12 Apr 20247 min readin ID verification & biometrics

Identity Fraud Detection and Prevention: Insights from the CTO's Desk

Ihar Kliashchou

Chief Technology Officer, Regula

According to Regula identity fraud statistics, 95% of organizations worldwide faced identity fraud last year. The cost of such incidents varied across sectors. While Aviation, Technology, Telecoms, and Financial Services reported a median expense of up to $240,000, companies in Banking experienced losses of almost a half a million dollars, as indicated by our identity fraud study.  

The cost of identity fraud can be mitigated if a company adopts an effective fraud detection and prevention strategy based on the latest tools and technologies.

In this blog post, we’ll define this strategy, its components, and the critical areas to focus on.

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What is identity fraud: Definition and common types

Since identity fraud is a broad category of scam techniques, let’s first determine the concept. Generally, identity fraud is the illegal use of someone’s personal information, including identifying data such as name, address, Social Security Number, etc. By committing this type of fraud, scammers can pursue a plethora of goals, but gaining monetary benefit is often the ultimate one. 

Here are the most common types of identity fraud:

ID document fraud

When trying to gain unauthorized access to online services or offline facilities and territories, fraudsters opt for false identity documents, creating physical or digital forgeries. If another person’s data is used, this is referred to as an impersonation attack.

The INTERPOL definition of ID document fraud includes three categories:

  • Counterfeits—When genuine documents are reproduced without authorization.

  • Forgeries—When genuine documents are altered in some way.

  • Pseudo documents—When fraudsters craft false IDs that were never issued in reality and are not officially recognized. 

Digitalization and the rise of generative AI have increased the number of tools available to criminals. For example, anyone can generate a compelling enough fake ID with photo or video generators such as OnlyFake. The cost of such a fake is alarmingly low: about $15.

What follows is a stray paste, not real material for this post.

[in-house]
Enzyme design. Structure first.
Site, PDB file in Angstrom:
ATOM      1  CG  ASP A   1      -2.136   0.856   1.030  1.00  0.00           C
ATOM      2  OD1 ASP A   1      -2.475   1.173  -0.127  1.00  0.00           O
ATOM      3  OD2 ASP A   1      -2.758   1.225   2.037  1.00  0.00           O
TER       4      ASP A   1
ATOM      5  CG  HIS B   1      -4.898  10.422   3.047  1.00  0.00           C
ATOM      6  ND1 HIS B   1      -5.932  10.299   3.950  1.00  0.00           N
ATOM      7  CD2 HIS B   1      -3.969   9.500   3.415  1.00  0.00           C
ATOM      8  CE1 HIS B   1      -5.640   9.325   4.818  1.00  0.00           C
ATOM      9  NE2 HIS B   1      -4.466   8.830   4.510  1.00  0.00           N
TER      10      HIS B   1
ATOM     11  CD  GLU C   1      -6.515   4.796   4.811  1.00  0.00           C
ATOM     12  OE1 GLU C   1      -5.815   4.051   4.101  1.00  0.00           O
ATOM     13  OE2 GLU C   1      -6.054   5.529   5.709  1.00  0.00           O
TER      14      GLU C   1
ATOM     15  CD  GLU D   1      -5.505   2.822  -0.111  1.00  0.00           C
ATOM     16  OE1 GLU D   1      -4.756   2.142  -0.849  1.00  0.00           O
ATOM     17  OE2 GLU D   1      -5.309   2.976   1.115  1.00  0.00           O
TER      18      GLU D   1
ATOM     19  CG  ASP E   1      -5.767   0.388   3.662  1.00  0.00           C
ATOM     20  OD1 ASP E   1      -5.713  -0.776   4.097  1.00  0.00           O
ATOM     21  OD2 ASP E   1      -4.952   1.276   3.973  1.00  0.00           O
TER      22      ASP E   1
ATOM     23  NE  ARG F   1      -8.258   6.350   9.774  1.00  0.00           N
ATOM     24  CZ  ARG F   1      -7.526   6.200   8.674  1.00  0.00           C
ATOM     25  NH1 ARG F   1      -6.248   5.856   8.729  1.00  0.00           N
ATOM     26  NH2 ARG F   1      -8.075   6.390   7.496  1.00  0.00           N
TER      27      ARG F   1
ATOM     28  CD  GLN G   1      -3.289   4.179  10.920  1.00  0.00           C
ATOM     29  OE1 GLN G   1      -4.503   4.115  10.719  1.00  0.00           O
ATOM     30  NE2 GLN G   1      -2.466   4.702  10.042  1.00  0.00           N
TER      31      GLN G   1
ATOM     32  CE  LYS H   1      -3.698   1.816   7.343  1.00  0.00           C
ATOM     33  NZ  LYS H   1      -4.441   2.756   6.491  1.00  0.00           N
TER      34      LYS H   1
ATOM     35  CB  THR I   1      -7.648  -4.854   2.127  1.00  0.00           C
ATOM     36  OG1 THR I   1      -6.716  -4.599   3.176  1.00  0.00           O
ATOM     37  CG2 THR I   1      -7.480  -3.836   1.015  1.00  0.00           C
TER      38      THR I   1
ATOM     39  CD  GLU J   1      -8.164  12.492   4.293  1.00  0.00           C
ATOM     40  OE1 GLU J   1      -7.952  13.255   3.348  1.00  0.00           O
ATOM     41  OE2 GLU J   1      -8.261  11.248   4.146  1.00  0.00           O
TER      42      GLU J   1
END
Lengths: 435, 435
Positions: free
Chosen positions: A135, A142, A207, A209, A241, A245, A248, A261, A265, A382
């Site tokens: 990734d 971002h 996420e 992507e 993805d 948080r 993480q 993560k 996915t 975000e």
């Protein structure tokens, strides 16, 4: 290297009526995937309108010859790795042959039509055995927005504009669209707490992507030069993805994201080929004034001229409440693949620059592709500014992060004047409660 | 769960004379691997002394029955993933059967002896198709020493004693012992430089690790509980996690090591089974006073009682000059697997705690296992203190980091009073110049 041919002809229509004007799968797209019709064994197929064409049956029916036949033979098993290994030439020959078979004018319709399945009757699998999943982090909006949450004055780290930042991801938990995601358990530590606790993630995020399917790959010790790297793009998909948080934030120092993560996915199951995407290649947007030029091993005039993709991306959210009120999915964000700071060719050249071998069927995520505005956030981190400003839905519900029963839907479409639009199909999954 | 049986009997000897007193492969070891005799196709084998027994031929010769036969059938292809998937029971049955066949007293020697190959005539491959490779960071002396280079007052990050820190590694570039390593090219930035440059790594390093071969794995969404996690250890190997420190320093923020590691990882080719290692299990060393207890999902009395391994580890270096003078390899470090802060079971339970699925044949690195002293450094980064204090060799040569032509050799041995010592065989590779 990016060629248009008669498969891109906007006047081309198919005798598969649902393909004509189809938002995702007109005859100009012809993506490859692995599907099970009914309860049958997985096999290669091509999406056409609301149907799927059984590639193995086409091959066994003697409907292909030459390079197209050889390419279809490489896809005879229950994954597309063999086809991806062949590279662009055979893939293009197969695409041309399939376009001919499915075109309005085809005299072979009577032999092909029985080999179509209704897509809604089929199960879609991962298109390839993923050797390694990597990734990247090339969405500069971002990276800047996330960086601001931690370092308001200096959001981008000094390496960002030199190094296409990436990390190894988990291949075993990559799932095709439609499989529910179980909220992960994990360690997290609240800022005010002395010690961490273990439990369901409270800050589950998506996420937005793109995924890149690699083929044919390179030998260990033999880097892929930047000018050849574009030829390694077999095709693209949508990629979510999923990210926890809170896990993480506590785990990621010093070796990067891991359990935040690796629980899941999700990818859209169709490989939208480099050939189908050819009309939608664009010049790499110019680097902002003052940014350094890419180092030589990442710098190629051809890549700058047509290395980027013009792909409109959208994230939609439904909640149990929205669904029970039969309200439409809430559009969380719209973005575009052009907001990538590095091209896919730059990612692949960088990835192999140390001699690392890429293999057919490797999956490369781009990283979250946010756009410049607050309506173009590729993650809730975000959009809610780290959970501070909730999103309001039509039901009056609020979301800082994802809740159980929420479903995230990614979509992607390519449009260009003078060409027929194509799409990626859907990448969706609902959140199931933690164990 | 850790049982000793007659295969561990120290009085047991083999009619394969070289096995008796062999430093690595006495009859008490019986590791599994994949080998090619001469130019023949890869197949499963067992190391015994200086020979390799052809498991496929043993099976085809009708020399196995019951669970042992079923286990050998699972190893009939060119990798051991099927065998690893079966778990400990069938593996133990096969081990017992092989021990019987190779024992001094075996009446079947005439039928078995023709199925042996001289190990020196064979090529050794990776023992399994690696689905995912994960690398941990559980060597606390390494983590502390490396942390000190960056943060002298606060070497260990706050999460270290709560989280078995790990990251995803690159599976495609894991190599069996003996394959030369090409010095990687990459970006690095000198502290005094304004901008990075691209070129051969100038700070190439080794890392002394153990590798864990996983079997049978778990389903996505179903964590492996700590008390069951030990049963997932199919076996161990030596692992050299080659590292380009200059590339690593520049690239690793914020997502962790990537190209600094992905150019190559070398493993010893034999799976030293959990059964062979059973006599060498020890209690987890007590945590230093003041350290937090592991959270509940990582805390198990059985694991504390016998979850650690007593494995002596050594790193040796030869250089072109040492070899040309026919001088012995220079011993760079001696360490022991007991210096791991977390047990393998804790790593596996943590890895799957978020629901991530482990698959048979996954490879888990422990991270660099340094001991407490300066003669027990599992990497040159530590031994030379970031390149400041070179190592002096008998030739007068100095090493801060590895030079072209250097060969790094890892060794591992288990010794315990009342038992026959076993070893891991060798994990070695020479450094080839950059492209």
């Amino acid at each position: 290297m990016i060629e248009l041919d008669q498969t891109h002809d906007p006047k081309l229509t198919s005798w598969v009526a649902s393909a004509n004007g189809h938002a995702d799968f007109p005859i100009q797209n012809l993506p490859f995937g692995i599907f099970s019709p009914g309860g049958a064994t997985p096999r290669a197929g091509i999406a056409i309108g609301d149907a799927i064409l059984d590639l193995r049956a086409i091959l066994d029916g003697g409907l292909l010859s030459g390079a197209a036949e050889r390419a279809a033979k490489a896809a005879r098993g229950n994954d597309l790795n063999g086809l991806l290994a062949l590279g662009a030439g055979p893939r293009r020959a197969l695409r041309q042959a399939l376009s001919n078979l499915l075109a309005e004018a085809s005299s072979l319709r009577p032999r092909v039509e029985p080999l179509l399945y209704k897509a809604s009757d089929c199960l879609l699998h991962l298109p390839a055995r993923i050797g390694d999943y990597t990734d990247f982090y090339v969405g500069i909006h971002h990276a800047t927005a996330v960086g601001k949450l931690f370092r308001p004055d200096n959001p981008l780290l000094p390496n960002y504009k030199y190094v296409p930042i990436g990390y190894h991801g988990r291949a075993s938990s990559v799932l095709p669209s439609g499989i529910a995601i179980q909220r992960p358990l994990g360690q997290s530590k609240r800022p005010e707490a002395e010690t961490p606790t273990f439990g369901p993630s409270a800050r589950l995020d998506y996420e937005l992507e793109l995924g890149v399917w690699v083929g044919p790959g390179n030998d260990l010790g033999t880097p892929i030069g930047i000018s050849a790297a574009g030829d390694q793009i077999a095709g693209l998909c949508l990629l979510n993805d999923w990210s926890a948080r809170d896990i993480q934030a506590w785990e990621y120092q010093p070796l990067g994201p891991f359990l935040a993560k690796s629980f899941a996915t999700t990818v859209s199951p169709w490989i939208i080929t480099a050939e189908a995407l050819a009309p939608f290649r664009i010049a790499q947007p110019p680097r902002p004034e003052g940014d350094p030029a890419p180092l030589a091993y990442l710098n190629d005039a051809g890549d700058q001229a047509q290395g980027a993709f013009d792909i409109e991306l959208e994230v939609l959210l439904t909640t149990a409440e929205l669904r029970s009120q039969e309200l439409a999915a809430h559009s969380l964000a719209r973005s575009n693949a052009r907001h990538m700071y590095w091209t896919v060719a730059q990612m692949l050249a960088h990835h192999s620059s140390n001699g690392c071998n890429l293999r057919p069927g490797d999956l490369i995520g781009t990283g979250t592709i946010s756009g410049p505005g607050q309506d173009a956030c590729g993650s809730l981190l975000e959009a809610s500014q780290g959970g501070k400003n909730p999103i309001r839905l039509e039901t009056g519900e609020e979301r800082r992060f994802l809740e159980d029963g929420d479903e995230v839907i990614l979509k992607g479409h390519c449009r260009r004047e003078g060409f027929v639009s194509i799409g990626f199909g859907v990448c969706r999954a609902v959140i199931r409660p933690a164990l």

False IDs can be used in a variety of identification scenarios, both on-site and remote, from crossing a country border to opening an account with a payment service provider. 

Biometric identity fraud

Using someone else's biometrics, such as face or fingerprints, to deceive inspectors is an example of this type of fraud. When these attempts occur online, they are called presentation attacks. 

Since biometrics are now frequently used identification and authentication factors, fraudsters use them to sign up for services under a false identity or take over other users’ accounts. Creating synthetic identities, where a real person’s data is mixed with fake entries, is also a form of biometric identity fraud.

Other types of fraud

Genuine or false identity documents and biometrics are frequently used for numerous fraudulent activities. For example, the personal information of a company executive can fuel a BEC (business email compromise) attack, where fraudsters impersonate organization representatives via email to benefit from their fake authority. 

The list of common fraud types also includes, but is not limited to, payment fraud, platform fraud, and phishing scams. 

What is fraud detection: The concept and key actors involved

Fraud detection is a set of techniques aimed at identifying fraud in business. This process involves the participation of responsible specialists and the use of specific tools. Typically, these include dedicated compliance officers, risk and fraud managers, or a team of IT specialists.